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March 2021

Changing Forests in a Changing Climate: What Might the Future Hold?

25 March @ 7:00 pm8:30 pm

Are this region's forests able to persist under the onslaught of climate-driven disturbance? Forest ecologist and silviculturist Professor Patrick Baker argues we need to consider whether there is a role here for forest management and, if so, what that might look like.

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April 2021

Platypus and the Changing Environment – What’s Needed to Help Populations Thrive in Future?

1 April @ 10:00 am11:00 am
Online Australia

Dr Richard Marchant and Dr Melody Serena will discuss the factors vital to maintain healthy platypus populations, based on over 30 years research in Victoria and NSW.

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The Anthropocene: Where on Earth are we Going?

8 April @ 7:00 pm8:30 pm
Online Australia

The current trajectory of the Earth System is a rapid exit from the Holocene, accelerating towards a much hotter climate system and a degraded, ill-functioning biosphere.

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May 2021

STEM and Society: SealSpotters

12 May @ 6:00 pm7:00 pm

Dr Rebecca McIntosh Mr Ross Holmberg Join Dr Rebecca McIntosh and Ross Holmberg from the Phillip Island Nature Parks team as they prepare to launch the annual SealSpotter Challenge, when citizen scientists around the globe jump online to count Australian fur seals and contribute to vital conservation research. The SealSpotter program allows anyone with a computer to help with the management and…

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Why the World Needs Ecologists

13 May @ 7:00 pm8:30 pm

  We are drowning in bad news. Two pages into the (1000pg) United Nations Global Assessment of Biodiversity and Ecosystem Services and you’ll be pleading for Tolstoy. Even David Attenborough is depressing these days. Ecosystems collapse and species loss is…

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Next-Gen Spatial Tech for Forest Management

20 May @ 6:00 pm7:30 pm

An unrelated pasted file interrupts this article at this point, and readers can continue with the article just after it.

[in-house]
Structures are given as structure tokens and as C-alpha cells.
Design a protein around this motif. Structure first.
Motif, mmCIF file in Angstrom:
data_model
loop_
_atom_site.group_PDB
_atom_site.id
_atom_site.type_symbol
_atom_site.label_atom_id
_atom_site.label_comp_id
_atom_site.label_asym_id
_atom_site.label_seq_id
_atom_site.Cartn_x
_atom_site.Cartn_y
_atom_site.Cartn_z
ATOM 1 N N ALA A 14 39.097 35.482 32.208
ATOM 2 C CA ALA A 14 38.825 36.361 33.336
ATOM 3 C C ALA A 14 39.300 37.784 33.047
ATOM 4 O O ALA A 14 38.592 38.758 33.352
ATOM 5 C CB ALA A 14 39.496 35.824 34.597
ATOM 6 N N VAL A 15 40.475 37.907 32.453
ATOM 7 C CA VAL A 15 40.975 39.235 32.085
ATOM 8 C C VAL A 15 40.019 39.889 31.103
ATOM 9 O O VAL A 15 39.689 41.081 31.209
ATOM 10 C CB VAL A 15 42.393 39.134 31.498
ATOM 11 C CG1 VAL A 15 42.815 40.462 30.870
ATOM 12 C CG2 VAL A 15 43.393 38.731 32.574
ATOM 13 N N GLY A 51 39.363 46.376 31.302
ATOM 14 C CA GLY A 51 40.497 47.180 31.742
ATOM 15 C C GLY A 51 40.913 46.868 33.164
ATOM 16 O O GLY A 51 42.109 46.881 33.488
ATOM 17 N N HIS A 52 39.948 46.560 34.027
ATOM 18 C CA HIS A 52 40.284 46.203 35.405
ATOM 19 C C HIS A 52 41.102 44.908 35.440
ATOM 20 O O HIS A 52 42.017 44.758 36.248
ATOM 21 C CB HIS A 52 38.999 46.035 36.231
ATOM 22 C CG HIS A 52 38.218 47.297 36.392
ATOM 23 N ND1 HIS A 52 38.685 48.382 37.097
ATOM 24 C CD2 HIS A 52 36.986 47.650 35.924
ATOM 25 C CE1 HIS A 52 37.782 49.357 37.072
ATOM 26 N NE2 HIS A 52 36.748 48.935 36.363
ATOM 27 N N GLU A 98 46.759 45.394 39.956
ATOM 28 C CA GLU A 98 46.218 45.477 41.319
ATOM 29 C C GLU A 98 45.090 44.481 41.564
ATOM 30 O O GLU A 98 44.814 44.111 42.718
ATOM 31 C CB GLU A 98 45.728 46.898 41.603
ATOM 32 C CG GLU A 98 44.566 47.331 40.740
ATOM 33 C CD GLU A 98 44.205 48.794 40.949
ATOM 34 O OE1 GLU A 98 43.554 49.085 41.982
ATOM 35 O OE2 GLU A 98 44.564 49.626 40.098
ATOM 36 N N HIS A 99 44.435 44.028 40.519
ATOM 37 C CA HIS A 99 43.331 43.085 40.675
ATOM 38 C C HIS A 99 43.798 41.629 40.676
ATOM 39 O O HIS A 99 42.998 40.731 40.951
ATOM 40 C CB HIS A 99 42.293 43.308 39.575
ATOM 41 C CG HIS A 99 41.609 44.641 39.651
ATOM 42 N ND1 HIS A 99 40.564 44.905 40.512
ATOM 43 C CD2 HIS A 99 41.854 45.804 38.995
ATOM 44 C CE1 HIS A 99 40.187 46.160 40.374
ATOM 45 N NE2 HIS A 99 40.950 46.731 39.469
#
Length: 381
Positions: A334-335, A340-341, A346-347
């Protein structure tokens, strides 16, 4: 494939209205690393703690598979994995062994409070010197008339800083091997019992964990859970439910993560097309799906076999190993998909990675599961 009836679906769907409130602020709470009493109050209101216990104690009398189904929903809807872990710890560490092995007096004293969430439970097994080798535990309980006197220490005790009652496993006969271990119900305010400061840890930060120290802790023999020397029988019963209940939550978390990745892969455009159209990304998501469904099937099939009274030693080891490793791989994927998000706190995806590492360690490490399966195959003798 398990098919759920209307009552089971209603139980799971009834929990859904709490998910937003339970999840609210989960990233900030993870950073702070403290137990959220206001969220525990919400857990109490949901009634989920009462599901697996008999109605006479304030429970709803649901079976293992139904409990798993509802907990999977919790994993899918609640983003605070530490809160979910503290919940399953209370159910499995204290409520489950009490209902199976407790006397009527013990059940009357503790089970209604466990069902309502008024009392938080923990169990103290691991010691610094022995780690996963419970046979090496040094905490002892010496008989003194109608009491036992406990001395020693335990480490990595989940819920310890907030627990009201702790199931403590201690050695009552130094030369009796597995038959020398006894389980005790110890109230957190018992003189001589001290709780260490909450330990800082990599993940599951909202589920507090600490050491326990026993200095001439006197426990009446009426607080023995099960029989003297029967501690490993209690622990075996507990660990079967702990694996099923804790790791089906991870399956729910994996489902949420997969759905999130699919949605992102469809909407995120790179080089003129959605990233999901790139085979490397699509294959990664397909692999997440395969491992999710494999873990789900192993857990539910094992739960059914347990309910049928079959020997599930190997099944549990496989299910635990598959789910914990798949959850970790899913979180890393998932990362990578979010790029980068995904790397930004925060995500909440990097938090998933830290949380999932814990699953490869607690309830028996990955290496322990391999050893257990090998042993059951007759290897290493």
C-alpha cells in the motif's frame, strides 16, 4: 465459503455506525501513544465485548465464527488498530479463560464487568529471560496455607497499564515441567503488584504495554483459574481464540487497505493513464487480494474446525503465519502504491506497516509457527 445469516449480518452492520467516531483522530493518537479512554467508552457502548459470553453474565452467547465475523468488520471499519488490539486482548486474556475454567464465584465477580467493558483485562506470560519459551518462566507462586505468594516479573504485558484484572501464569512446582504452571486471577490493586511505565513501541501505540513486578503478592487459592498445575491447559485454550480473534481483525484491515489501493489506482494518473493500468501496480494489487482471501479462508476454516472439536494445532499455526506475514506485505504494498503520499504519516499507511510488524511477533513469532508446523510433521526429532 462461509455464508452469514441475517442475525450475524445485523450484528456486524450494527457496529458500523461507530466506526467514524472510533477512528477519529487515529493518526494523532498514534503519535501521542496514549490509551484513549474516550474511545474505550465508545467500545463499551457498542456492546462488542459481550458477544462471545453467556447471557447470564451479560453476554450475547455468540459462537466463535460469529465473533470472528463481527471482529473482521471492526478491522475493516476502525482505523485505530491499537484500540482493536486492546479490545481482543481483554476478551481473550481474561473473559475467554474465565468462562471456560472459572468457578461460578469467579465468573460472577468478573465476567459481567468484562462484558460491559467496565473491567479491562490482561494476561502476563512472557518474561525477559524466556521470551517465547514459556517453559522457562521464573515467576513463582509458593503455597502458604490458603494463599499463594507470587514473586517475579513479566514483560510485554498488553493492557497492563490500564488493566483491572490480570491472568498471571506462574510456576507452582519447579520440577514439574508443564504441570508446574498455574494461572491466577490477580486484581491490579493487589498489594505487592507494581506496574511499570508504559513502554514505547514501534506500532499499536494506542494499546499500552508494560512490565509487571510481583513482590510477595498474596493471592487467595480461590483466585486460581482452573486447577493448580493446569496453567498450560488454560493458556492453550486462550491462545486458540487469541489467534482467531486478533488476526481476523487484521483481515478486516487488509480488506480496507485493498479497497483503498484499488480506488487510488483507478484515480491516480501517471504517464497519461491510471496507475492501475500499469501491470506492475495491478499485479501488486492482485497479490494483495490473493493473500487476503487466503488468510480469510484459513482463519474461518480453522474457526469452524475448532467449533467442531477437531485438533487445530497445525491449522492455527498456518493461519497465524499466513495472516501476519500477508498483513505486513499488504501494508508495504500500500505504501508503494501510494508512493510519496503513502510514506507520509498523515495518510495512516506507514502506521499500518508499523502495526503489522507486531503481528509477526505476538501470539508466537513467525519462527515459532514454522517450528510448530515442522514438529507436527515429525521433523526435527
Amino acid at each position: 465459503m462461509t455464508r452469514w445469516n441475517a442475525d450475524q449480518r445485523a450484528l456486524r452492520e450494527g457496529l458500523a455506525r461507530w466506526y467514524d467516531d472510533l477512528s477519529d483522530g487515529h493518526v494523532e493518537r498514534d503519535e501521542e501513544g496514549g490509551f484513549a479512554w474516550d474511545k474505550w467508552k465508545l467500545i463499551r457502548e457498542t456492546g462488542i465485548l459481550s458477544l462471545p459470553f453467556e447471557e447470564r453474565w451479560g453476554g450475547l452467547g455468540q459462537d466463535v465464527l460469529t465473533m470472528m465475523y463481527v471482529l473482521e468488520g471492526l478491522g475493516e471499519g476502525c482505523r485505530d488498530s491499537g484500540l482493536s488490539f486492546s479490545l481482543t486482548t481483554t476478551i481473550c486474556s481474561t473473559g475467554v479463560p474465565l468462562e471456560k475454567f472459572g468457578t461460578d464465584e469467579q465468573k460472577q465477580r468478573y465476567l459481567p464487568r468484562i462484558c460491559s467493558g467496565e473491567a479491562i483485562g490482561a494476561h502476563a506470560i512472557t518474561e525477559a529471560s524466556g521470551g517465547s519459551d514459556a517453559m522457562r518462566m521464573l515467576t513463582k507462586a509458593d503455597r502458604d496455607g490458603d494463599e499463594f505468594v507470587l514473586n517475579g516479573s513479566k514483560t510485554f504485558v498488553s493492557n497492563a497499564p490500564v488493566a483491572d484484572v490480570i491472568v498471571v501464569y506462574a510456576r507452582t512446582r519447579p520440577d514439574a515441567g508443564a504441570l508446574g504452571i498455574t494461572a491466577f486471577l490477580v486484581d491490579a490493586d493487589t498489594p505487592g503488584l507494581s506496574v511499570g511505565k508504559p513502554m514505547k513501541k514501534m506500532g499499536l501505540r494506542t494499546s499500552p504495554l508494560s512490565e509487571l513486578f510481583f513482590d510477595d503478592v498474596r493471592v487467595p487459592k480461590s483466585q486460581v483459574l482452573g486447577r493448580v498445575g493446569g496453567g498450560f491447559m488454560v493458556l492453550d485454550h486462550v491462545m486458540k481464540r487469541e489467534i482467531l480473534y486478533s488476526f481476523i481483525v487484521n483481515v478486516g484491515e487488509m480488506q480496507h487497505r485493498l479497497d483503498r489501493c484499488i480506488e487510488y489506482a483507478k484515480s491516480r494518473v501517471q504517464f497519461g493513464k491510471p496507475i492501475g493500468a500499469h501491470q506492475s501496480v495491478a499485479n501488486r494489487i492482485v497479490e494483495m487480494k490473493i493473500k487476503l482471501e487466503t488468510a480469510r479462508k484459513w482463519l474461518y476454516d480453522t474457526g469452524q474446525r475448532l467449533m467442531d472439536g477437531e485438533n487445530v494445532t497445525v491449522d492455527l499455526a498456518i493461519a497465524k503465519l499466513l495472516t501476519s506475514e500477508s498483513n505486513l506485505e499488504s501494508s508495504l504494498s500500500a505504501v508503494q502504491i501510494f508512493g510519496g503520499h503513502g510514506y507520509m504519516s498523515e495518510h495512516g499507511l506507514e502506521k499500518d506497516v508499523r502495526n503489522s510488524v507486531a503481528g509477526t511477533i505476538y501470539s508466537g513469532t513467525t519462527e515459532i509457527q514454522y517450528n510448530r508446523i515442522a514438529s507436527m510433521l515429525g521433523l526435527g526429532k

New spatial technologies - like remote sensing, global positioning systems, ground based sensors, monitoring and other ICT interventions - are set to revolutionise our understanding of our forests and improve our capacity to manage and sustain them. Join three…

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Location, Location, Location: Immune Protection by Tissue-Resident T-Cells

27 May @ 7:00 pm8:30 pm
Online Australia

T cells are specialised immune cells that are central to the complex, adaptive immune response to infection and disease. T cells are “trained” to recognise specific fragments or components of viruses, bacteria, and other pathogens (e.g. a component of the…

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June 2021

Liveable Cities for All: Are We There Yet?

10 June @ 7:00 pm8:30 pm
Liveable Cities for All

Our definition of "liveability" is important if we are serious about cities that facilitate healthy and sustainable lifestyles that support both individual and planetary health.

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STEM and Society: The Anthropocene

16 June @ 6:00 pm7:00 pm

  Human pressures on the planet as a whole – the ‘Earth System’ – have now become so great that scientists have proposed that we have now left the Holocene, the geologic epoch that has been humanity’s accommodating home for…

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Coastal Resilience: How Landforms Cope with Changing Waves and Rising Seas

24 June @ 6:30 pm8:00 pm
Royal Society of Victoria, 8 La Trobe Street
Melbourne, Vic 3000 Australia
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Coastal Resilience

The 2021 Howitt Lecture Presented in partnership with the Geological Society of Australia (Victoria Division). Our coast is a dynamic system. As the protective boundary between the land and sea it absorbs the constant energy it receives from waves and…

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July 2021

Decarbonising Energy: At the Tipping Point

8 July @ 6:30 pm8:00 pm
Online Australia
Decarbonising Energy

Australia has the highest per-capita greenhouse emissions of any advanced economy, we’re on track to miss our Paris commitment, and we're nowhere near achieving net zero.

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STEM and Society: A Hard-Won Theory – Tectonic Plates in Victoria

14 July @ 6:00 pm7:00 pm
Online Australia

It can be confusing when we hear from scientists reluctant to deal in absolutes, who instead engage in conversations about ‘degrees of certainty’. In the world of science, a ‘theory’ is the closest something may ever come to being ‘the truth’. To understand what modern scientists can go through to arrive at an accepted theory, we’re taking a look at one of the major revelations of the past century: the theory of tectonic plates.

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